Laura Orleans New Bedford, MA New Bedford Fishing Heritage Center
Jeffery Cook Workers on the New Bedford Waterfront

Jeff Cook is one of the owners of New Bedford Welding Supply in New Bedford, MA. He studied welding in high school and college and has worked for his family run business from a young age, starting with painting the gas cylinders and working his way up to customer sales.  He discusses the role of New Bedford Welding Supply in the fishing industry, the changes in welding equipment over the years, the role of his family members in the family business, and the positive and negative aspects of his job.

Laura Orleans New Bedford, MA New Bedford Fishing Heritage Center
Michael Smith Workers on the New Bedford Waterfront

Michael Smith is the 58-year-old owner of North Eastern Trawl in New Bedford, MA.  His company specializes in wire rope splicing.  In this interview, he describes his job, how he became a wire rope splicer, and experiences he’s had over the past thirty-eight years as a wire rope splicer.  He speaks about his company notably as a family business and how he enjoys his work. 

Laura Orleans New Bedford, MA New Bedford Fishing Heritage Center
Tony Vieira Workers on the New Bedford Waterfront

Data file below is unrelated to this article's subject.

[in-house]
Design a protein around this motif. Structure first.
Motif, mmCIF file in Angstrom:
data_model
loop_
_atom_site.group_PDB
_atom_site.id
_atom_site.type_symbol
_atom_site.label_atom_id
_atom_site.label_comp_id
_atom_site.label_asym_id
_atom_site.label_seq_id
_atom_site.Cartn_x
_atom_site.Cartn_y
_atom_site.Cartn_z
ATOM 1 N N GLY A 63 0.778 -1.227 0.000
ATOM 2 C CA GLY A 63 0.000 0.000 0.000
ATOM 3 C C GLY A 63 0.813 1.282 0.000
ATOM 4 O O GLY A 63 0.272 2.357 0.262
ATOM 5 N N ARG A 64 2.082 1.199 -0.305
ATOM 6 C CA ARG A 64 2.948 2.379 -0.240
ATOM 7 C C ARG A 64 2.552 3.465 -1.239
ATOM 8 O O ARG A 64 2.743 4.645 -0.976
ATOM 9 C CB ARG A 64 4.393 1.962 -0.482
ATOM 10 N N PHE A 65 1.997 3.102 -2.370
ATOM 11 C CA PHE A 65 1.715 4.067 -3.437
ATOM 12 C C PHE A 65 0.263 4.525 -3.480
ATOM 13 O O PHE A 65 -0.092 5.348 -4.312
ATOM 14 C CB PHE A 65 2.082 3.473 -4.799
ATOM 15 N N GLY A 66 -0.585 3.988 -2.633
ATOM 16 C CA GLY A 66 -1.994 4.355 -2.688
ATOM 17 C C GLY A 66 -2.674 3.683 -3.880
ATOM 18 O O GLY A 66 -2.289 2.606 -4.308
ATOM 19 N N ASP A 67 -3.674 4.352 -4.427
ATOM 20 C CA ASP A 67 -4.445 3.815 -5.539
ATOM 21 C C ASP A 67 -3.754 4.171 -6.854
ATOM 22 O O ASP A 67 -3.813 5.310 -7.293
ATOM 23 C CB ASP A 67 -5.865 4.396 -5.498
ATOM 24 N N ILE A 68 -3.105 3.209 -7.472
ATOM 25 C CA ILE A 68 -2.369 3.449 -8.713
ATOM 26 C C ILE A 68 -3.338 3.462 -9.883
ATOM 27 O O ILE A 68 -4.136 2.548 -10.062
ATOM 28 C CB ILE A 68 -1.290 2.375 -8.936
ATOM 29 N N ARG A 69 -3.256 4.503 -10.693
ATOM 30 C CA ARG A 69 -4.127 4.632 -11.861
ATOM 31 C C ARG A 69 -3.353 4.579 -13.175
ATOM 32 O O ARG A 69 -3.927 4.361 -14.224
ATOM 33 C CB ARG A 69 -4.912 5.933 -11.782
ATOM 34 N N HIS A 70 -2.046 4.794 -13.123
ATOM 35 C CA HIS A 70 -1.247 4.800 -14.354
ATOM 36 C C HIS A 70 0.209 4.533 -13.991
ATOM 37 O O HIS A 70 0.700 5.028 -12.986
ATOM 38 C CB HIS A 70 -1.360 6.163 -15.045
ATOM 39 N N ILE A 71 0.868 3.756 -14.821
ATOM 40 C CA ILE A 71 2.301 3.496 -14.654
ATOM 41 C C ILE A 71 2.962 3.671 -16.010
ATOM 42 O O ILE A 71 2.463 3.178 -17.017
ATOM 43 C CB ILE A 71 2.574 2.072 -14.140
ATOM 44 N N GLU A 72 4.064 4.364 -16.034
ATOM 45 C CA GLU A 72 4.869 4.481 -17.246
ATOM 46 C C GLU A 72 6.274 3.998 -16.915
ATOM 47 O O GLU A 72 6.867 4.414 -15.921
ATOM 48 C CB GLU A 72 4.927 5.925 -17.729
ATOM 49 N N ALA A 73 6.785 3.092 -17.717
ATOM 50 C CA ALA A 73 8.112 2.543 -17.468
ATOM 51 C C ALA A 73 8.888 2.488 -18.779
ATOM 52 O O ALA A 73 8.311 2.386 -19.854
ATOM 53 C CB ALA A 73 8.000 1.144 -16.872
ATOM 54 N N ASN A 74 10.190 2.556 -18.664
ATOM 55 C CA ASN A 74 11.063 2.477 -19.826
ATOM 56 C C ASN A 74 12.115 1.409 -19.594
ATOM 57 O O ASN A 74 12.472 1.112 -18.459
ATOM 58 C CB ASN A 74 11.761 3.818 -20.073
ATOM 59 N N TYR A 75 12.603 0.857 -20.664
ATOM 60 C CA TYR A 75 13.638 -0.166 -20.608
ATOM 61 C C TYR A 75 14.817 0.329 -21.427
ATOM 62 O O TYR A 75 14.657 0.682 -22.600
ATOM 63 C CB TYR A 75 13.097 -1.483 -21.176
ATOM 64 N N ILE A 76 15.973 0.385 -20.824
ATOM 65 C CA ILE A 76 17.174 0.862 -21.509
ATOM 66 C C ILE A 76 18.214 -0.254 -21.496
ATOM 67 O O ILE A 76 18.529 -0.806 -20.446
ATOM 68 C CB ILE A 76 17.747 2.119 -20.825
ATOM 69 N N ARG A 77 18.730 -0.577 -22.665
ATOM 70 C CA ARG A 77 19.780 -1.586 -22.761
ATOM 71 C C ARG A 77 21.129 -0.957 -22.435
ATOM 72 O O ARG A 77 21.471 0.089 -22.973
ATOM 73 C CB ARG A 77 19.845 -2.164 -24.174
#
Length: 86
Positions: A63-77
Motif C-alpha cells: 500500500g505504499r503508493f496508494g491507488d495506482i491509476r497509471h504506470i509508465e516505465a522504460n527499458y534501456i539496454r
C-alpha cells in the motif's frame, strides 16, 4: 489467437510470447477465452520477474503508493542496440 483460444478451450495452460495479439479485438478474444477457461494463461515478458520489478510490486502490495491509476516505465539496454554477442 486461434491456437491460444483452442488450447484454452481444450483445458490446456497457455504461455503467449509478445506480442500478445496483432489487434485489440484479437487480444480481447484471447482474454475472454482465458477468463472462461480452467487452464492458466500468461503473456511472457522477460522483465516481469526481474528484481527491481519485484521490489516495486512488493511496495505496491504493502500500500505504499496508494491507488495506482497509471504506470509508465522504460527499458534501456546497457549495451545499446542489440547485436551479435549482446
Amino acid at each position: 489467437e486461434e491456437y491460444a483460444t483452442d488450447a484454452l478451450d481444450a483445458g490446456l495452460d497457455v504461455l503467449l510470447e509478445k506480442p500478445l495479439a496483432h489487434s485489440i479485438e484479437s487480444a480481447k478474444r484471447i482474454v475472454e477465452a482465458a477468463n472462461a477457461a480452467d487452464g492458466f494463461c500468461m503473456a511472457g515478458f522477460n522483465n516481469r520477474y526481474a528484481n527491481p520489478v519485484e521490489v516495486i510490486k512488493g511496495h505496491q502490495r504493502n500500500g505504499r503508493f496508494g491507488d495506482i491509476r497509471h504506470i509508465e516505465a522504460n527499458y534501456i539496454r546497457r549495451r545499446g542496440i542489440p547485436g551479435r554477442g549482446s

Tony Vieira is a 46-year-old marine electronics specialist and the owner of T & K Marine Electronics in New Bedford, MA.  He describes his work history in the marine electronics field, his company, and the work he does on a day-to-day basis.  He also speaks about the changes in technology and the industry he has seen over the past twenty-five years. 

Fred Calabretta New Bedford, MA New Bedford Fishing Heritage Center
Debra Kelsey Workers on the New Bedford Waterfront

Debra Kelsey of New Bedford, Massachusetts. Growing up, she attended Catholic school and had no interaction with the fishing industry. She initially worked as a commercial printer until she was laid off. She then enrolled as a full-time student at Salter School for 10 months, then began to work as a medical assistant, but didn’t like it. Shortly afterwards she was offered position as a navigator at Fishing Partnership Support Services where she works today.

Madeleine Hall-Arber New Bedford, MA New Bedford Fishing Heritage Center
John "Jeff" Ferreira Workers on the New Bedford Waterfront

Jeff Ferreira is a 50-year-old supervisor of F & B Rubberized in New Bedford, MA, a company that specializes in tire recycling for use in the fishing industry. In this interview, he describes the history of the company, his job at F & B Rubberized, and the uses of recycled tires in the fishing industry.  He speaks about his company notably as a family business and what he hopes for the future of fishing and tire recycling.  

Fred Calabretta New Bedford, MA New Bedford Fishing Heritage Center